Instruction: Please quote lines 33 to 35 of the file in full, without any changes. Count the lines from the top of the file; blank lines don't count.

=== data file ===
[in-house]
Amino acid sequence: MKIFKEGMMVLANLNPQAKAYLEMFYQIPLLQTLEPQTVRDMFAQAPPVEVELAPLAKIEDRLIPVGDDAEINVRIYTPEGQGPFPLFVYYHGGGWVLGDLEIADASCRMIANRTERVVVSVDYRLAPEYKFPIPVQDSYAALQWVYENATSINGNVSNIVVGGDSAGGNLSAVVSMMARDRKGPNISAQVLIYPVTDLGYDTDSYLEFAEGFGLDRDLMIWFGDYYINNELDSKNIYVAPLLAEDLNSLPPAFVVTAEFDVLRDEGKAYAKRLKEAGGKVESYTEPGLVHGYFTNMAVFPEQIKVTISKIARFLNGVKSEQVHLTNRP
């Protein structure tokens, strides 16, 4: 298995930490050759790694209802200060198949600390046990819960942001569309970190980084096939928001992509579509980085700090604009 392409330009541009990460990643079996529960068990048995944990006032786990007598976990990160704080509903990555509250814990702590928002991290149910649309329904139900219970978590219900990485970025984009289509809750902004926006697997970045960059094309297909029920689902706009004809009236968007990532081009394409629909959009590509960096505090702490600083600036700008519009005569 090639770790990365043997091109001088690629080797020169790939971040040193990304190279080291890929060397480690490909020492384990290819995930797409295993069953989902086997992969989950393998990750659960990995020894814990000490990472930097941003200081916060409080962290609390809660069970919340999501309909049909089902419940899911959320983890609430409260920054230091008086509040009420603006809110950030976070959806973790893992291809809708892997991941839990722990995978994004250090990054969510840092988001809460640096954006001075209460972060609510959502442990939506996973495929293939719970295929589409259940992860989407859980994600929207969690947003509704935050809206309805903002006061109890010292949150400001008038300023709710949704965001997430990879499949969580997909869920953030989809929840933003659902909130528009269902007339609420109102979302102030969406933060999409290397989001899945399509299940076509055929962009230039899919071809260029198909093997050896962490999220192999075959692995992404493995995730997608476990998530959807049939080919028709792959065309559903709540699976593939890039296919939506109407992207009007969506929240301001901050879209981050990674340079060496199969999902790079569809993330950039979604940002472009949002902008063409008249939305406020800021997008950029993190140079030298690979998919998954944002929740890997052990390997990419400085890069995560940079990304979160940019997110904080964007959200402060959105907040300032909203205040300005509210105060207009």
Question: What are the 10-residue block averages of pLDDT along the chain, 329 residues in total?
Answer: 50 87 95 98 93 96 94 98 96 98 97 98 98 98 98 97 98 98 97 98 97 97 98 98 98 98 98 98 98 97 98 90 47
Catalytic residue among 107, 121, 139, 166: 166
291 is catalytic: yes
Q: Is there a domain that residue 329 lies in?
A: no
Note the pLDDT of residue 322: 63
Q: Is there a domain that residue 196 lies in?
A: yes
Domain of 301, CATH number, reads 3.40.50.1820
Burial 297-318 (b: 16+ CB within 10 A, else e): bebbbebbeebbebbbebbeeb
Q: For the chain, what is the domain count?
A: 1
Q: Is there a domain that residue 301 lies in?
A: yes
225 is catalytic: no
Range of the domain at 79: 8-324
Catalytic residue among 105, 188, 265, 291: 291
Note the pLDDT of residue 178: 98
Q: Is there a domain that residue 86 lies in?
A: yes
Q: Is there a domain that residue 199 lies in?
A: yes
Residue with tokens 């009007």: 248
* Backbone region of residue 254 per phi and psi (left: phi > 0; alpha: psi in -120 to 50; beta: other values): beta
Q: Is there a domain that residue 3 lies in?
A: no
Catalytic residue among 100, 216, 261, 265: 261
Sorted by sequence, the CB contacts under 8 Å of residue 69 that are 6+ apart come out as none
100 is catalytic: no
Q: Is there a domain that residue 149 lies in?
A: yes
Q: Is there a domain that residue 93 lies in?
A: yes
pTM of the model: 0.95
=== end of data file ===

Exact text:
100 is catalytic: no
Q: Is there a domain that residue 149 lies in?
A: yes